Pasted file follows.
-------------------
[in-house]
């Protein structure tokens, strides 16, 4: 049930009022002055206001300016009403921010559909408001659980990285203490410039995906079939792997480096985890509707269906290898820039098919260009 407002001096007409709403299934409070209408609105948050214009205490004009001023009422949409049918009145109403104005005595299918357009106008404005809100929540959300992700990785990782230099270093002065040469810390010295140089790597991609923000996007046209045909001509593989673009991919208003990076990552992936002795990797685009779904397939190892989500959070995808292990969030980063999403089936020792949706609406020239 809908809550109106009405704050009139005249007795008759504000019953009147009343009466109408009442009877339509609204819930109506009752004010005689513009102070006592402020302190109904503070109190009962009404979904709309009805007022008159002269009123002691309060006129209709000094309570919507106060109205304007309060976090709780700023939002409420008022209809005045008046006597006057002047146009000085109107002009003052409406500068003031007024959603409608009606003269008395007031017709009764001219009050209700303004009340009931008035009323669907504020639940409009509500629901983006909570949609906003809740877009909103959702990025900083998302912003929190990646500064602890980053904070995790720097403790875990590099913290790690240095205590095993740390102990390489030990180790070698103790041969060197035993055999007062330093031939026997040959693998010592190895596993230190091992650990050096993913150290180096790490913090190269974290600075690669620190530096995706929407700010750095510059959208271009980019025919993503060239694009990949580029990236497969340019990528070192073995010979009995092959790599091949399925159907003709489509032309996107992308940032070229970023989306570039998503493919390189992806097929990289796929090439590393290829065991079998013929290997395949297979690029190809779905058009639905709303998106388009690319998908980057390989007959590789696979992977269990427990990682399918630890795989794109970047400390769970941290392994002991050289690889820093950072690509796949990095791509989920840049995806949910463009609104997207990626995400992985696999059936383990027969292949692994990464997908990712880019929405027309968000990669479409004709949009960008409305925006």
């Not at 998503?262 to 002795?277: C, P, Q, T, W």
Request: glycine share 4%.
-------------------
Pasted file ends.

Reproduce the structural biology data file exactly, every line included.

[in-house]
């Protein structure tokens, strides 16, 4: 049930009022002055206001300016009403921010559909408001659980990285203490410039995906079939792997480096985890509707269906290898820039098919260009 407002001096007409709403299934409070209408609105948050214009205490004009001023009422949409049918009145109403104005005595299918357009106008404005809100929540959300992700990785990782230099270093002065040469810390010295140089790597991609923000996007046209045909001509593989673009991919208003990076990552992936002795990797685009779904397939190892989500959070995808292990969030980063999403089936020792949706609406020239 809908809550109106009405704050009139005249007795008759504000019953009147009343009466109408009442009877339509609204819930109506009752004010005689513009102070006592402020302190109904503070109190009962009404979904709309009805007022008159002269009123002691309060006129209709000094309570919507106060109205304007309060976090709780700023939002409420008022209809005045008046006597006057002047146009000085109107002009003052409406500068003031007024959603409608009606003269008395007031017709009764001219009050209700303004009340009931008035009323669907504020639940409009509500629901983006909570949609906003809740877009909103959702990025900083998302912003929190990646500064602890980053904070995790720097403790875990590099913290790690240095205590095993740390102990390489030990180790070698103790041969060197035993055999007062330093031939026997040959693998010592190895596993230190091992650990050096993913150290180096790490913090190269974290600075690669620190530096995706929407700010750095510059959208271009980019025919993503060239694009990949580029990236497969340019990528070192073995010979009995092959790599091949399925159907003709489509032309996107992308940032070229970023989306570039998503493919390189992806097929990289796929090439590393290829065991079998013929290997395949297979690029190809779905058009639905709303998106388009690319998908980057390989007959590789696979992977269990427990990682399918630890795989794109970047400390769970941290392994002991050289690889820093950072690509796949990095791509989920840049995806949910463009609104997207990626995400992985696999059936383990027969292949692994990464997908990712880019929405027309968000990669479409004709949009960008409305925006």
């Not at 998503?262 to 002795?277: C, P, Q, T, W």
Request: glycine share 4%.